Marla C. Dubinsky, MD: One of the things to also note is that there's often a diagnostic delay for our patients being diagnosed. I want to feed off of what Jess was saying. She's asking for more classic alarm or red flag symptoms and signs because that'll move them to the front of the queue, but there are still a lot of patients with Crohn disease in particular who have been told to change their diet, have been diagnosed with irritable bowel syndrome [IBS], told to just deal with it or take more MiraLAX, whatever is on the table. There's often a lot of diagnostic delay, sometimes up to 2 years in patients with Crohn disease. That's probably our biggest differential in terms of patients presenting with some bloating, some fatigue, some intermittent loose stools, right lower quadrant pain; various bloating is one of the biggest symptoms that gets attributed to IBS, for example.
We're often trying to figure out, is this infection? Is this organic or functional versus nonfunctional? For colitis, it’s do you have an infectious cause of your bloody diarrhea and name the list of the organisms that could cause that, especially if you've traveled recently or been exposed to antibiotics recently. Even just having intermittent diarrhea, without blood, that still defaults to an infectious cause. At the end of the day, yes, there's a whole laundry list in our books of differential diagnosis, but let's be practical about what patients come to us being diagnosed as and where the biggest delay is.
One thing that people underestimate is small intestinal bacterial overgrowth [SIBO]. I know it's not typically all over the map with our patients, but I would tell you that patients are often told they have some form of IBD or IBS, and we're missing the fact that they've had 10 courses of antibiotics for acne, or they've had recurrent urinary tract infections and have been on multiple courses. We're underestimating small intestinal, or SIBO, in our differentials as well. By the time they get to us, they've been through the gamut of differential diagnoses. I don't know if there's specifically something you want to go through in the textbook of differential, but these are the most important 2 concepts that we often lose sight of.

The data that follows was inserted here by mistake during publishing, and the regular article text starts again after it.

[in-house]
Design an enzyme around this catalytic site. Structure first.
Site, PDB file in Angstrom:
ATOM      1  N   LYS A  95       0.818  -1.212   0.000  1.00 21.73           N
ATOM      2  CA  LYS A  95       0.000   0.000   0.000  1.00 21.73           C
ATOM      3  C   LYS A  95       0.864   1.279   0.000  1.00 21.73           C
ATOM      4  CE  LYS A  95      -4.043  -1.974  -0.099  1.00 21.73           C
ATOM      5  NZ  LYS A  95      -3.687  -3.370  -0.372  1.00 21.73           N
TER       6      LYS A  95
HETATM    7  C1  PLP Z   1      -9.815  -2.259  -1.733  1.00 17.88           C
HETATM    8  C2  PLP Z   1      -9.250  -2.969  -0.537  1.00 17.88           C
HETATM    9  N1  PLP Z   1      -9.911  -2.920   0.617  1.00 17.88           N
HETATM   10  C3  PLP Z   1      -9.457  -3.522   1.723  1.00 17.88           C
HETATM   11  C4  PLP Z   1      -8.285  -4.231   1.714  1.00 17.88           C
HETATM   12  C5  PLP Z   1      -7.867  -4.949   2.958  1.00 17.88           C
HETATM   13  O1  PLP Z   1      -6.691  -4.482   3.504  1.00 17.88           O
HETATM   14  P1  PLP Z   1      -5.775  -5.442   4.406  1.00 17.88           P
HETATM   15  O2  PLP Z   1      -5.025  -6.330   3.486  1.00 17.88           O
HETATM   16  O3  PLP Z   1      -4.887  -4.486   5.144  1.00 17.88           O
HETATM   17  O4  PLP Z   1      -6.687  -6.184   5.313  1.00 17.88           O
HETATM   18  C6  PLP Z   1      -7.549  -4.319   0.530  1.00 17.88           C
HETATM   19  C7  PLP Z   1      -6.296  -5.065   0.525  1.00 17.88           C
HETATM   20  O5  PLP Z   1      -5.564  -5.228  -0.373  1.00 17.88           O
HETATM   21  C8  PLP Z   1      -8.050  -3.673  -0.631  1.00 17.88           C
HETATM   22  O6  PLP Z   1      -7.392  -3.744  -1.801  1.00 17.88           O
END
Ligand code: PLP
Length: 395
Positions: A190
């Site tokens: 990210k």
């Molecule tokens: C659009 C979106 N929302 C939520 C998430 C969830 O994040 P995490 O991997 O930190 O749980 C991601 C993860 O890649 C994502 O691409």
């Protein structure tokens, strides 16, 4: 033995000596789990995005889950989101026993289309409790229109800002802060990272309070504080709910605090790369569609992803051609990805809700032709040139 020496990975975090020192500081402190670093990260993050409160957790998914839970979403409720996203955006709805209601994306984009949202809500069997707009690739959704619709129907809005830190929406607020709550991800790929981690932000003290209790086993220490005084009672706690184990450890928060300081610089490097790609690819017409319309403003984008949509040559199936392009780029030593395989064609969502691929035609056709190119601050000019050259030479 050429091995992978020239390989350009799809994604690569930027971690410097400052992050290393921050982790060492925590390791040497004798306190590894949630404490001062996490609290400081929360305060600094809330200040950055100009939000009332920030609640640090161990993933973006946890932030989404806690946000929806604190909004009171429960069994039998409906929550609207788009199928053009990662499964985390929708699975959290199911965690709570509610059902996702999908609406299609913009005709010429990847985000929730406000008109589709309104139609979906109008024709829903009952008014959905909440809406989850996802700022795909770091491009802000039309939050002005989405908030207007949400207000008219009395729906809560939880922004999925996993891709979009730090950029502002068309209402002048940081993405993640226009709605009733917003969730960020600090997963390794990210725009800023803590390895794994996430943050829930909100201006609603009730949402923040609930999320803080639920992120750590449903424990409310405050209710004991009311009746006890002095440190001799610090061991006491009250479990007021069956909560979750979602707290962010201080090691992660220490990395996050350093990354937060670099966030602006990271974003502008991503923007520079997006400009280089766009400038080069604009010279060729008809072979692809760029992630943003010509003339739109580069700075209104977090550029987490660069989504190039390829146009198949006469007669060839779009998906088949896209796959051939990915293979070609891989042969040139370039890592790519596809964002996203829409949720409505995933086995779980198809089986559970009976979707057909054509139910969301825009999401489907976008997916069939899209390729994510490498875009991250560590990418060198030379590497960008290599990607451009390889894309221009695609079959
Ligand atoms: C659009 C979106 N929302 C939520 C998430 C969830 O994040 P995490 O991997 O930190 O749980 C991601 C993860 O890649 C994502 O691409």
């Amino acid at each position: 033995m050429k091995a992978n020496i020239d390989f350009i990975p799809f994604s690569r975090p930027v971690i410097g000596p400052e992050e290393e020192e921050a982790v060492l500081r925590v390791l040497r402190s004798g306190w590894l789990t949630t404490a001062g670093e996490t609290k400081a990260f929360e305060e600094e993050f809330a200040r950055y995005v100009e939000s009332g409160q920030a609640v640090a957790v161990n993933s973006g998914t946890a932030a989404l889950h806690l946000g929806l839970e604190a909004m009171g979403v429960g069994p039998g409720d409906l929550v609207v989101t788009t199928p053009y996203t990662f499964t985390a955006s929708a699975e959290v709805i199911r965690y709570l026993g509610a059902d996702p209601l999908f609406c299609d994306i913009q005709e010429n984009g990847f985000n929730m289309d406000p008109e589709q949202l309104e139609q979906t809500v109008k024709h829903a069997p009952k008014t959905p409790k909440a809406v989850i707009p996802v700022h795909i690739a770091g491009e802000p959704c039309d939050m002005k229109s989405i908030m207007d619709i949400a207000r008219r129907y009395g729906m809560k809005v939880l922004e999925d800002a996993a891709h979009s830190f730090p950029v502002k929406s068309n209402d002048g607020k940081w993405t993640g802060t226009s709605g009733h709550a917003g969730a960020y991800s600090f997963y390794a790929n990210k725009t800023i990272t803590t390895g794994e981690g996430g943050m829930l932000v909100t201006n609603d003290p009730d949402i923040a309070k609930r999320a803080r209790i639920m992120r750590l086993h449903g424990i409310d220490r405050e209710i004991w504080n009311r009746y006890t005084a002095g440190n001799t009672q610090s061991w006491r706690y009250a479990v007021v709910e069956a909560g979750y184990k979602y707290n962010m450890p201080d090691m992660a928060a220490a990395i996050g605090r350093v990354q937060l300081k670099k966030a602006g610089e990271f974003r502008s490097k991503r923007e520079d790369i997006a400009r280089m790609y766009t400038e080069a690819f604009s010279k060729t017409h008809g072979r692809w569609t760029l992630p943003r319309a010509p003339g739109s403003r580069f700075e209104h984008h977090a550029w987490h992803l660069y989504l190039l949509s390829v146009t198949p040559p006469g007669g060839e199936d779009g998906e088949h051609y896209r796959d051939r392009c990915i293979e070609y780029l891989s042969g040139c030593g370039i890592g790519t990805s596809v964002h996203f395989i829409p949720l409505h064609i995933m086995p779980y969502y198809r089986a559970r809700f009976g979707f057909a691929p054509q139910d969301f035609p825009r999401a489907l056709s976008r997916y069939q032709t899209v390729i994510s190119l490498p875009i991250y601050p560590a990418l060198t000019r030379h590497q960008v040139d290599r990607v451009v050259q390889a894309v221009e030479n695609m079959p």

Miguel Regueiro, MD: We won't go through the medical school list of differential diagnoses. I like the way you broke it down. A lot of our patients are told they've had irritable bowel syndrome for years. That was a very important point. Celiac, small intestinal bacterial overgrowth, some of these patients come in with infections if it's an acute process. Those are probably some good highlights. We could get into ischemic colitis, diverticulosis, or some of the others, but that’s probably the good list and oftentimes is what leads to a delay in diagnosing Crohn disease or ulcerative colitis because they're assumed to have IBS.
William J. Sandborn, MD: The other interesting thing about differential diagnosis is that Marla was talking predominantly about before you're diagnosed, but there's the whole differential diagnosis of symptoms after you're diagnosed, especially in Crohn disease. That would also include SIBO. It includes bile acid diarrhea, which you can now objectively diagnose, the liberal use of 72-hour fecal fat in patients who've had a lot of operations. Those things are often forgotten. You're not done with the differential diagnosis once the patient's diagnosed. It's not all inflammatory Crohn disease.
Miguel Regueiro, MD: You bring up a good point because, for a lot of our patients, sometimes when we see patients in the office we've done a great job at healing the mucosa, treating their inflammation, yet they're still having symptoms. Bill, you nailed it. Part of the IBD-ology that we all see in our clinics is also the noninflammatory part, so bile salts, fat, some other malabsorptive problems, vitamin deficiency, so I completely agree.
Transcript Edited for Clarity